How to Write a Check: Fill Out a Check in 6 Simple Steps

Tony Armstrong
By Tony Armstrong 
Edited by Erica Harrington Reviewed by Kathleen Burns Kingsbury

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How to Write a Check

How to write a check in six easy steps:

  • Step 1: Include the date.

  • Step 2: Name the recipient.

  • Step 3: Fill in the amount with numerals.

  • Step 4: Write out the amount in words.

  • Step 5: Say what it's for.

  • Step 6: Sign your name.

Filling out a check used to be a habit for many people. But with debit cards, online banking and mobile payments, it's now a bit of a lost art. If you need help with how to write a check, the Nerds at NerdWallet have you covered:

1. Include the date.

This goes on the line in the top right corner of the check. If you're in the U.S., write it as month-date-year. You can choose to fill out the date completely or use numbers. For example, write June 20, 2021 or 6/20/2021.

2. Name the recipient.

Who will receive the check? Write their name on the line that begins with “Pay to the order of.” You can name a person or a business. For a person, be sure to use their full name and not a nickname.

3. Fill in the amount with numerals.

This is the easy part. Just write out in numbers how much you owe. In the animation above, the check is written for nine hundred dollars and fifty cents.

4. Write out the amount in words.

Put this on the line below the “Pay to the order of” line. Add a cap so the recipient can't add money. Do this by including cents — use a fraction, such as 50/100 — or the word "even" if the amount is even.

5. Say what it's for.

Write this on the “Memo” line. This part is optional but handy. It helps you remember why you wrote the check.

6. Sign your name.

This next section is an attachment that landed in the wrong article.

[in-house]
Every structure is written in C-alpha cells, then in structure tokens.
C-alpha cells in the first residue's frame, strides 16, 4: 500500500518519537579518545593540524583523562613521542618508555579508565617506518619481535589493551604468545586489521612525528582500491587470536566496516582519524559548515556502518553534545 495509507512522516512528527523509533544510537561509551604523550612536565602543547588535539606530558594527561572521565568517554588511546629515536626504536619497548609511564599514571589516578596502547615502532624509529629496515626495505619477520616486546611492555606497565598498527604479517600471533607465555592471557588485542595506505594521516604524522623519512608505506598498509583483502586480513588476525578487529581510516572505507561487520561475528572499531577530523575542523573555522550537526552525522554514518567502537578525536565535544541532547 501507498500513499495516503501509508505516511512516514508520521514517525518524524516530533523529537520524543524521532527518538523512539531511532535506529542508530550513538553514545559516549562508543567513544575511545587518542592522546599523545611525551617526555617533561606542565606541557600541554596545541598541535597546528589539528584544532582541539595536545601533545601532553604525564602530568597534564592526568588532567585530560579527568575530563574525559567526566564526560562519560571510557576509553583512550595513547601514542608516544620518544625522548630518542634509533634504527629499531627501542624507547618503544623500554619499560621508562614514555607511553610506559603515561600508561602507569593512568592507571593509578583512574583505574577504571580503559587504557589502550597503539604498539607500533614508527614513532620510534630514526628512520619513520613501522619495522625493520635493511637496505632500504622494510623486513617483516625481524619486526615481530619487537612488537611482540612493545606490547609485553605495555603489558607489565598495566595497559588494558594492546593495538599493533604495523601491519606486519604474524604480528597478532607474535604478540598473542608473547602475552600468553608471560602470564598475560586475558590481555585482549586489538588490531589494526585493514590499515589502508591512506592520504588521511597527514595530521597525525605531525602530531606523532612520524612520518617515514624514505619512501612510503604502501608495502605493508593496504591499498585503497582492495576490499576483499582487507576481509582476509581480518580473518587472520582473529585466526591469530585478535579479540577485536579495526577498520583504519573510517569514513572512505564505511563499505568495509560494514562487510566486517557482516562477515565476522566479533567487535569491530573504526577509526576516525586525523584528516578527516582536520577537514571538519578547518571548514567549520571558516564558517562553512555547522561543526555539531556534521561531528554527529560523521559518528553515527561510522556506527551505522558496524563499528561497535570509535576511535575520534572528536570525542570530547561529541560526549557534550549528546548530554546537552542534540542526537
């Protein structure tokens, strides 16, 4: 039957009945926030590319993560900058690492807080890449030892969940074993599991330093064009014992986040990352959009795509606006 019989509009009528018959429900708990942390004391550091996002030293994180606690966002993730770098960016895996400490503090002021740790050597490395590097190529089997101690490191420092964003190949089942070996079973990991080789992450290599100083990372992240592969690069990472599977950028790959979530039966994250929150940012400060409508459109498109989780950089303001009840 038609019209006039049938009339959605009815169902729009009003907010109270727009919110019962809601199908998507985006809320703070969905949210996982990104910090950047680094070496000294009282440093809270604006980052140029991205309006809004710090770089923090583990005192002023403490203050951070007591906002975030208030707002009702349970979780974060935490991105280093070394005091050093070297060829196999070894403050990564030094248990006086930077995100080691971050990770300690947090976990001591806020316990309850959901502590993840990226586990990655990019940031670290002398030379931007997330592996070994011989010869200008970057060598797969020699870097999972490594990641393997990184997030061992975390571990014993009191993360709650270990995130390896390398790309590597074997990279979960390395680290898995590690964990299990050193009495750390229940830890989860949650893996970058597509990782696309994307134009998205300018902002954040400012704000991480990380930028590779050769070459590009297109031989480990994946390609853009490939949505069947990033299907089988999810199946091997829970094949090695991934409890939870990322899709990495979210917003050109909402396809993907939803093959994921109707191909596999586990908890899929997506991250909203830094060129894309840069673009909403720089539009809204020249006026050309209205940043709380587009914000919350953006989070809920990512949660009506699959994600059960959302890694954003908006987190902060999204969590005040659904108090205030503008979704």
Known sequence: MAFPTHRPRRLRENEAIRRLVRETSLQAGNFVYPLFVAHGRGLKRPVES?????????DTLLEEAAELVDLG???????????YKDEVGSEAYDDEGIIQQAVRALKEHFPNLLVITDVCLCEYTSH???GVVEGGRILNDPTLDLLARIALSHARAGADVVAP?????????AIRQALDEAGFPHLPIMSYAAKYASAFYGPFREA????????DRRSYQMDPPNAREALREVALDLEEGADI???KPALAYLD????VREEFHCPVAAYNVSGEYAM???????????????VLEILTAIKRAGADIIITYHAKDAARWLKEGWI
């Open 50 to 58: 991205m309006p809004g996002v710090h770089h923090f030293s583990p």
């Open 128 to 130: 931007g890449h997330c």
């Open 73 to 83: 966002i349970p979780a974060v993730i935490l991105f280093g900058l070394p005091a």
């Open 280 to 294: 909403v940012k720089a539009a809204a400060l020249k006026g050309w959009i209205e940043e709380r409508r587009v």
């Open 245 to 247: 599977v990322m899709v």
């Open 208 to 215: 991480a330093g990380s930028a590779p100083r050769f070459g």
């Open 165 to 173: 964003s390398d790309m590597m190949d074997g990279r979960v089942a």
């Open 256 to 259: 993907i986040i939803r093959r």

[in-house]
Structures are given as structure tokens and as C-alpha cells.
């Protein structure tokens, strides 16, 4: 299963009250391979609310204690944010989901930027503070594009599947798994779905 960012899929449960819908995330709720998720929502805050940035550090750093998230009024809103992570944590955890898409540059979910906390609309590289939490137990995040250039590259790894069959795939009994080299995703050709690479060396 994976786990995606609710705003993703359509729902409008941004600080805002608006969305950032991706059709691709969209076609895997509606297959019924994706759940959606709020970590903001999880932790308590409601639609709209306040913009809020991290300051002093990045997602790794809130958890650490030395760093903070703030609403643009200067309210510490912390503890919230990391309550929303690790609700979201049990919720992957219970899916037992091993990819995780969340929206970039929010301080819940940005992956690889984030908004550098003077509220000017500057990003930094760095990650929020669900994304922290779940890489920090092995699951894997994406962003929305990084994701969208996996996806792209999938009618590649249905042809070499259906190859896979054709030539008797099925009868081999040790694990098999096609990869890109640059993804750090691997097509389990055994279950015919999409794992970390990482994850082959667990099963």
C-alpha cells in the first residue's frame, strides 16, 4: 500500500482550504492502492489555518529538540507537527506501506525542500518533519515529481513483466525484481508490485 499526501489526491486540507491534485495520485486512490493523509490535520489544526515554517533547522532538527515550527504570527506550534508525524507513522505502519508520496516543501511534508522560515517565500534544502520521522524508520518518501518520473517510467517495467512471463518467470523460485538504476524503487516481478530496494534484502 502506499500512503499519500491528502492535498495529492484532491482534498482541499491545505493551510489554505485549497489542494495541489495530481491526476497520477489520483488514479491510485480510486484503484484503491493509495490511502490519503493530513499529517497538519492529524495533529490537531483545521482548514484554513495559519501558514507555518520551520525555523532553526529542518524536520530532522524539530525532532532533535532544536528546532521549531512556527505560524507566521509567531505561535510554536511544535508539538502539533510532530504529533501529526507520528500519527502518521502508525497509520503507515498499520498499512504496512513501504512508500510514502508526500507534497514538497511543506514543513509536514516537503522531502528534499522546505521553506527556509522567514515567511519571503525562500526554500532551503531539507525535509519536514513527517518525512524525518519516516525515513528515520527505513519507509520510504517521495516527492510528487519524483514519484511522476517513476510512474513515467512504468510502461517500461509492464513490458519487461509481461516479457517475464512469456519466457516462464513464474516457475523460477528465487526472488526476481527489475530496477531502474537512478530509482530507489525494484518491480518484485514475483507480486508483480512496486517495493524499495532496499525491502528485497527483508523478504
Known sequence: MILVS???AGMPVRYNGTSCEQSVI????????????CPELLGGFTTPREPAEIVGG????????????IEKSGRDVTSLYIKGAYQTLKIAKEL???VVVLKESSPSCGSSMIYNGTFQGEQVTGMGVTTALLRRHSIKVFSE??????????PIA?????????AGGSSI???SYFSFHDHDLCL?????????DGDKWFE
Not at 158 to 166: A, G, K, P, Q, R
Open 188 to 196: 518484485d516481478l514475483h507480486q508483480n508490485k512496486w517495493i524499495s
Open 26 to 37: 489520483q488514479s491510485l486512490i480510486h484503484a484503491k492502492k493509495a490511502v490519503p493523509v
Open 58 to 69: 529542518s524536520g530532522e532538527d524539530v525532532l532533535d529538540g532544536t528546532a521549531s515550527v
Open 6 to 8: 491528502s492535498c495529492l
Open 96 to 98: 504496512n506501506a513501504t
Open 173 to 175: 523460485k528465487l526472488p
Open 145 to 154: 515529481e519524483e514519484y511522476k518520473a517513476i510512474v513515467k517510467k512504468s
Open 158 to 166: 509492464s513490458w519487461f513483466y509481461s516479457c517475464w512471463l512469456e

This goes in the bottom right hand corner of the check. Note that your check will be rejected if you don't sign it.

Have more questions? Check out our FAQs section.

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How to write a check: FAQs

Q: What should I do if I make a mistake?

A: If it’s a minor slip-up, draw a single line through the word and rewrite it. Otherwise, invalidate the check by writing “void” across it in large letters. You might be asked for a voided check when setting up direct deposit with a new employer.

Q: What is a post-dated check?

A: A post-dated check has a future date written on it. For instance, if you’re mailing your December rent check on Nov. 28 but won’t have the necessary funds until the first of the month, you might date the check Dec. 1. However, post-dating checks is not recommended. The bank doesn't have to honor that later date, and overdraft or non-sufficient funds fees may apply if you don't have the money to cover it.

Q: Why do some people write lines on their checks when the amount is even?

A: Instead of writing the word “even,” you can simply draw a straight line through the empty space that follows the written-out dollar amount. That way, fraudsters can’t add numbers to make the check worth more than you intended.

Q: Is writing a check to myself allowed?

A: Yes, you can do so by naming yourself as the recipient. That’s one way to move money from one bank account to another. Either deposit the check at your new bank or use its mobile check-deposit service, if it has one. Be sure to have a valid, government-issued photo ID.

Q: Can I write a check for “cash”?

A: Yes, you can, but it’s not a good idea since someone else could cash it if it fell into the wrong hands. If you still really want to write a check for cash, you write “Cash” as the payee in the “Pay to the Order of” line on the check.

Now that you've gotten an overview on how to write a check, take some time to compare your account to the best checking accounts and savings accounts on the market. You might find that it’s time for a change.

» Want to dig deeper? Read more about the parts of a check

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